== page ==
I took my 17 and 12-year-old daughters to see this PG-rated film. They liked it, especially the action sequences – many of which were fairly innovative, not something I expected in what I thought would be formula Disney entertainment.
Dwayne Johnson (The Rock) continues his able development as an actor. He plays Jack Bruno, a down-on-his-luck Las Vegas taxicab driver who, hoping to someday be a NASCAR driver instead became a wheelman for the mob and is trying very hard to stay out of trouble.
The film opens with an alien spacecraft crash-landing in the Nevada desert. Soon, the two very human-looking teenage aliens link up with Bruno and the pursuit begins in earnest.
The film would have been better without the gratuitous attack directed at America’s armed forces. The U.S. Department of Defense was shown throughout as being composed of a bunch of overbearing heavies. A more direct slam occurs when one of the alien kids says that their planet is dying and that there is a debate on their home world between those who favor a military conquest of Earth and those who want to study the Earth’s environment to learn of a way to repair the damage to their own world. It was as if Al Gore and Dick Cheney were battling off-world by proxy.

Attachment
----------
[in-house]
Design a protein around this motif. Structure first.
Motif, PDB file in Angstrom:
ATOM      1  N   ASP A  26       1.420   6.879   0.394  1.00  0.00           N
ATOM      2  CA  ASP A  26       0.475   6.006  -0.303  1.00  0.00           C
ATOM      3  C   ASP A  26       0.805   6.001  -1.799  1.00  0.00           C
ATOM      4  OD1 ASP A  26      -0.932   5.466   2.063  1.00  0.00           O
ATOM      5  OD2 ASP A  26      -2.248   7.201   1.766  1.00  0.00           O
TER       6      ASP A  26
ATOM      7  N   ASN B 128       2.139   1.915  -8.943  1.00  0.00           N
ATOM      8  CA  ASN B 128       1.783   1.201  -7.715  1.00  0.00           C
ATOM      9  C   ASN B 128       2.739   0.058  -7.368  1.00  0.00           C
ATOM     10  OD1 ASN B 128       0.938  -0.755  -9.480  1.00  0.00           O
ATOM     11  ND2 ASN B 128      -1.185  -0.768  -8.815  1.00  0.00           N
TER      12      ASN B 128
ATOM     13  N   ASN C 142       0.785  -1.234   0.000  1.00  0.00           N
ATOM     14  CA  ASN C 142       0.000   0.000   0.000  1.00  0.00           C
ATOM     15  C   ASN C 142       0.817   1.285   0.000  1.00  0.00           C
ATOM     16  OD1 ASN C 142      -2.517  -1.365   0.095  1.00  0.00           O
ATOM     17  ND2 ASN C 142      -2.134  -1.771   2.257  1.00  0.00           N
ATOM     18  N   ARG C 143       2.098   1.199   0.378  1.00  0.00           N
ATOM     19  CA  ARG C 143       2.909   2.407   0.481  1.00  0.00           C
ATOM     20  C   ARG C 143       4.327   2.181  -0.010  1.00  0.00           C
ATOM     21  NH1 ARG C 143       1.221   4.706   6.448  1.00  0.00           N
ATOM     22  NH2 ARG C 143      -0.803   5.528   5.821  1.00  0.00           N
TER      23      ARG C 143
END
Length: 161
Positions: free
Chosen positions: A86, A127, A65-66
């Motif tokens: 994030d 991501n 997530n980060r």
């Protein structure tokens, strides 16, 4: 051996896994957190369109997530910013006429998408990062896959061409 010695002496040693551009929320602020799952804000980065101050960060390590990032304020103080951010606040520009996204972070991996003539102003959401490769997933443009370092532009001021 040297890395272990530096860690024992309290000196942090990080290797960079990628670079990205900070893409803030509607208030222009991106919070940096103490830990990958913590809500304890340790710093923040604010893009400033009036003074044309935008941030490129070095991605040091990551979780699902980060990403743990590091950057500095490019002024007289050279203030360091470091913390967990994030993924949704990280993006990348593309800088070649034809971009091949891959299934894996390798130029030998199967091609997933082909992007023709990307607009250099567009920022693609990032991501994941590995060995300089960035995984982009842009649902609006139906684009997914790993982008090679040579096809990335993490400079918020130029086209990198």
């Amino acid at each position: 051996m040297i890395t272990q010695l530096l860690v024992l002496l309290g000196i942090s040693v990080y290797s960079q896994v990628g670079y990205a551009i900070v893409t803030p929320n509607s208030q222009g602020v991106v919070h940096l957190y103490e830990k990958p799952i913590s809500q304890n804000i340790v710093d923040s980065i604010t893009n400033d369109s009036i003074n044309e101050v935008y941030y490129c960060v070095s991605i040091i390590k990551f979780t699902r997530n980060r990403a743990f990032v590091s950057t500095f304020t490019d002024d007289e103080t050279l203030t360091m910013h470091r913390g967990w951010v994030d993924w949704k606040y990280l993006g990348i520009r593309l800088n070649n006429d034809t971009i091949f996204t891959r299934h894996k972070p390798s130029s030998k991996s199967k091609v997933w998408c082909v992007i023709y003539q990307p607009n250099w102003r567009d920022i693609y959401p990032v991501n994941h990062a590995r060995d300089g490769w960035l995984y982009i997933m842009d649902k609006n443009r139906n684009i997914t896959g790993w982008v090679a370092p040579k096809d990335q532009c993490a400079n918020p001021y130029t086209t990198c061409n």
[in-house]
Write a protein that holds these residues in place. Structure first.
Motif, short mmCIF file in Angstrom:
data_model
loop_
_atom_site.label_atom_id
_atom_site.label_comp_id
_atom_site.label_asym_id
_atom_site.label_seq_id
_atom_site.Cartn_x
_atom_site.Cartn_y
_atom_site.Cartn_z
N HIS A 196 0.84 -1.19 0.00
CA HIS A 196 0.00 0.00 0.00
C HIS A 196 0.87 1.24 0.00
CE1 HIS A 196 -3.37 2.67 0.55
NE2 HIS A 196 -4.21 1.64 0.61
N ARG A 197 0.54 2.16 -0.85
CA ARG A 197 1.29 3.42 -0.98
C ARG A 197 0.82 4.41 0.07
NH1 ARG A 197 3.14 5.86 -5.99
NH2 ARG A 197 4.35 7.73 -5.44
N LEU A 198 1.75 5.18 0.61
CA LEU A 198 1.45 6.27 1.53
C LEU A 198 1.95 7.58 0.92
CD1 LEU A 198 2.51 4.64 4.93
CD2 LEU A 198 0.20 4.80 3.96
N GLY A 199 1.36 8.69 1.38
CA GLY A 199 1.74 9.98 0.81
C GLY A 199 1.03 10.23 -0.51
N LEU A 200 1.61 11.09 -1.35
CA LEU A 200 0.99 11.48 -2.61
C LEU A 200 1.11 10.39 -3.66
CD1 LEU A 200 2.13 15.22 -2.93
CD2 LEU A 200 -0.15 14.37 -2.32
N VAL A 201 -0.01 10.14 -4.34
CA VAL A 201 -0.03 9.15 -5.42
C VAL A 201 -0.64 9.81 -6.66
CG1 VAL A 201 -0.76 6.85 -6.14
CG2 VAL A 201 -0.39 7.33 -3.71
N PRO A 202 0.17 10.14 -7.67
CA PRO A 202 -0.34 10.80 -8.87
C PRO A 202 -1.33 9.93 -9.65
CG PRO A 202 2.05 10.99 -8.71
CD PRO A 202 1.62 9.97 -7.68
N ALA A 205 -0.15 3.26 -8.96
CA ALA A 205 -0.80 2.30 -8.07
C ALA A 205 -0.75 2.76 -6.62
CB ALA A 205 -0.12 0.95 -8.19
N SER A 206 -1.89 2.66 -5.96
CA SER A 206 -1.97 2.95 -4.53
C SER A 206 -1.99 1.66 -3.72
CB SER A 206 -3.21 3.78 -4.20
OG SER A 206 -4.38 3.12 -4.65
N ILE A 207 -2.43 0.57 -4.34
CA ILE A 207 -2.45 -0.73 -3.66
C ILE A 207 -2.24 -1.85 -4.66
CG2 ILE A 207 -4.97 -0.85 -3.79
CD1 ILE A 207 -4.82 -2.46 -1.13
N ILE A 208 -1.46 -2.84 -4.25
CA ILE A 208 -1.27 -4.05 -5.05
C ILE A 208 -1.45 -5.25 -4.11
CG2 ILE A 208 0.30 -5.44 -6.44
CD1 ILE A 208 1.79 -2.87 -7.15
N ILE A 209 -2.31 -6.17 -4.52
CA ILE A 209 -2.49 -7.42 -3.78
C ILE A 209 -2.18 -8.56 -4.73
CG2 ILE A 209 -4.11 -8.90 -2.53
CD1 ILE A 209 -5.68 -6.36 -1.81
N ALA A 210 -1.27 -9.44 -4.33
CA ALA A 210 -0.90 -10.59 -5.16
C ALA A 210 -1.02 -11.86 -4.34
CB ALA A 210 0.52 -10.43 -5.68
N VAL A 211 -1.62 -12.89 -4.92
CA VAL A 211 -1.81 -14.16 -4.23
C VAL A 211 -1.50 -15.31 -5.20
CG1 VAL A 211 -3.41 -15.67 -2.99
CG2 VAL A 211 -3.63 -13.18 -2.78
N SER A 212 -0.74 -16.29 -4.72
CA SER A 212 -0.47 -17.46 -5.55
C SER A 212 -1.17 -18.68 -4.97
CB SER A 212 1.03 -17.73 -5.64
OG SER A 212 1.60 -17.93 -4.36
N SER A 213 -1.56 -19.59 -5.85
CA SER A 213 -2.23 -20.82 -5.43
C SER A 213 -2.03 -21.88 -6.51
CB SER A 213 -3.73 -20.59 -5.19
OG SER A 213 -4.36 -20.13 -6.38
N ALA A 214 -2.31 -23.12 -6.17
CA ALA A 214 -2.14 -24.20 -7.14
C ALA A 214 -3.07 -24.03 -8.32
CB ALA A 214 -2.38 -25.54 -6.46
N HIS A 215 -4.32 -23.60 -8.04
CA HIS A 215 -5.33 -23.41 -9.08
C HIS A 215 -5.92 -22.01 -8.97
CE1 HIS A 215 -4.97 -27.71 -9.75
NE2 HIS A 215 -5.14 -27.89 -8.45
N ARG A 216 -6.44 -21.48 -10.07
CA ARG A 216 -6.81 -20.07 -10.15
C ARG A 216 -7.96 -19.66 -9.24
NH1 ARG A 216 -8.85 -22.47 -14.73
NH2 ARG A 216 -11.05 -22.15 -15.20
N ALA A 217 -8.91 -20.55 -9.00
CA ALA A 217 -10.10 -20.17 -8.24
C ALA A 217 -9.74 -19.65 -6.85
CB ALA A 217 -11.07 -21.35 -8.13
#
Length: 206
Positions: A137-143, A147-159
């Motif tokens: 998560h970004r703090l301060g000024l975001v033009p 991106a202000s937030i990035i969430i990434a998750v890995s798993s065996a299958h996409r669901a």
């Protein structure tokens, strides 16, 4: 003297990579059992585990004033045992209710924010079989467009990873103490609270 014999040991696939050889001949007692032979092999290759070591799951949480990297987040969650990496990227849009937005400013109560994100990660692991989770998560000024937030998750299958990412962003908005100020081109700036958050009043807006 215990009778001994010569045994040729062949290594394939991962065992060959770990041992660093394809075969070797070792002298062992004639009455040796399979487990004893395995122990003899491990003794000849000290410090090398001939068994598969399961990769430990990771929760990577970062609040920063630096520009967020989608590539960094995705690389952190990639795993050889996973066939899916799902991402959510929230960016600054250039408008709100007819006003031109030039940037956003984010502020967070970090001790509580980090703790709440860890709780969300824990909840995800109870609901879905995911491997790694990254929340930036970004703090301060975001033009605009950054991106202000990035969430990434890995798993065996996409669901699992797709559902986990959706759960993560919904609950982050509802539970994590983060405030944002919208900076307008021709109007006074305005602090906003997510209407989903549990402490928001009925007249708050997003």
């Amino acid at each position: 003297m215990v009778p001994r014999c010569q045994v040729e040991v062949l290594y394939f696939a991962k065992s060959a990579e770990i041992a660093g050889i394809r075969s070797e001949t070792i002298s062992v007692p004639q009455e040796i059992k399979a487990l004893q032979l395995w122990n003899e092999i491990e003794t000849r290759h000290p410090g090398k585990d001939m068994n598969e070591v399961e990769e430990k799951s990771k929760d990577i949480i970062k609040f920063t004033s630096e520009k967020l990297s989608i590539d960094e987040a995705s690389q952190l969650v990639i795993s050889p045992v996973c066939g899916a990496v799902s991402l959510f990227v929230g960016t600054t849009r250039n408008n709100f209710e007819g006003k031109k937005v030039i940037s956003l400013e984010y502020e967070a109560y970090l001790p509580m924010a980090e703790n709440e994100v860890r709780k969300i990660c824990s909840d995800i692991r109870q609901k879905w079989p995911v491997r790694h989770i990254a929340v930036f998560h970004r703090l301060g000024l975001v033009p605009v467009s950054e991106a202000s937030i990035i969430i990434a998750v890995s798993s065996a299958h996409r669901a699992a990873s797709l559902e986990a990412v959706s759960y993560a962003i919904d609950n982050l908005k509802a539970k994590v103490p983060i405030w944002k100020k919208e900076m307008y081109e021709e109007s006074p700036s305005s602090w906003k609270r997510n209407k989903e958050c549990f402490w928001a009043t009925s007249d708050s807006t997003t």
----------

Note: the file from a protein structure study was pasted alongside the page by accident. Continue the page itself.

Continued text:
This conflict between “militarism” and science takes on an even greater significance when one realizes that it was completely absent from 1975 version of Alexander Key SciFi novel “Escape to Witch Mountain.” The original film hewed more closely to Key’s book, introducing a new character in millionaire Aristotle Bolt, a man who wants to use the alien children’s special powers to make money on the market.
It’s remarkable, given the 9-11 attack on America and the ongoing two-front war, that Disney would change the antagonist from a greedy millionaire to the Pentagon. Perhaps if the film was produced a year later, Disney would have struck more closely to the original script with the Aristotle Bolt character making an easy morphing into a master Ponzi schemer.